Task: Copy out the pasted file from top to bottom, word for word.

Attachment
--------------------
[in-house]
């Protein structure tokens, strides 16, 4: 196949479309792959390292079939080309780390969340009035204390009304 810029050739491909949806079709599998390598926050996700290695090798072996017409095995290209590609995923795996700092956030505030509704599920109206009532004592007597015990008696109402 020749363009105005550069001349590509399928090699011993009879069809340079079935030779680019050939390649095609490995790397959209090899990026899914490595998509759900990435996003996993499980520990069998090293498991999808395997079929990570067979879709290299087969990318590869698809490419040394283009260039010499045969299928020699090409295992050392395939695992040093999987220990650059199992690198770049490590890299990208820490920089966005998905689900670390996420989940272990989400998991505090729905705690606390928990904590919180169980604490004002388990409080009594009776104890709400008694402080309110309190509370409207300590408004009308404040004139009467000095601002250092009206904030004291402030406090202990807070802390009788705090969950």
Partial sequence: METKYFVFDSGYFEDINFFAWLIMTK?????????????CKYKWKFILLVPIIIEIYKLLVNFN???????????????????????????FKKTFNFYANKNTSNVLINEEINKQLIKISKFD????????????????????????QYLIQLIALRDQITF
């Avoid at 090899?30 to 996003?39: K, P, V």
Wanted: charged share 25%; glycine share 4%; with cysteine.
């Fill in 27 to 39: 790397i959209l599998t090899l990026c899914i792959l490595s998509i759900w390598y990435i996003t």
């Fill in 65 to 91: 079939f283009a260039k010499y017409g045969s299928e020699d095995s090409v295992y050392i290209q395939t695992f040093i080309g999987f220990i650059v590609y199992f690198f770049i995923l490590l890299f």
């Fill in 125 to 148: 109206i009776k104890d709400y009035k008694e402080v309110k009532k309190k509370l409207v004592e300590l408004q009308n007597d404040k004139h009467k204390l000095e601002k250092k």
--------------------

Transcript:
[in-house]
């Protein structure tokens, strides 16, 4: 196949479309792959390292079939080309780390969340009035204390009304 810029050739491909949806079709599998390598926050996700290695090798072996017409095995290209590609995923795996700092956030505030509704599920109206009532004592007597015990008696109402 020749363009105005550069001349590509399928090699011993009879069809340079079935030779680019050939390649095609490995790397959209090899990026899914490595998509759900990435996003996993499980520990069998090293498991999808395997079929990570067979879709290299087969990318590869698809490419040394283009260039010499045969299928020699090409295992050392395939695992040093999987220990650059199992690198770049490590890299990208820490920089966005998905689900670390996420989940272990989400998991505090729905705690606390928990904590919180169980604490004002388990409080009594009776104890709400008694402080309110309190509370409207300590408004009308404040004139009467000095601002250092009206904030004291402030406090202990807070802390009788705090969950």
Partial sequence: METKYFVFDSGYFEDINFFAWLIMTK?????????????CKYKWKFILLVPIIIEIYKLLVNFN???????????????????????????FKKTFNFYANKNTSNVLINEEINKQLIKISKFD????????????????????????QYLIQLIALRDQITF
């Avoid at 090899?30 to 996003?39: K, P, V």
Wanted: charged share 25%; glycine share 4%; with cysteine.
């Fill in 27 to 39: 790397i959209l599998t090899l990026c899914i792959l490595s998509i759900w390598y990435i996003t």
């Fill in 65 to 91: 079939f283009a260039k010499y017409g045969s299928e020699d095995s090409v295992y050392i290209q395939t695992f040093i080309g999987f220990i650059v590609y199992f690198f770049i995923l490590l890299f």
């Fill in 125 to 148: 109206i009776k104890d709400y009035k008694e402080v309110k009532k309190k509370l409207v004592e300590l408004q009308n007597d404040k004139h009467k204390l000095e601002k250092k």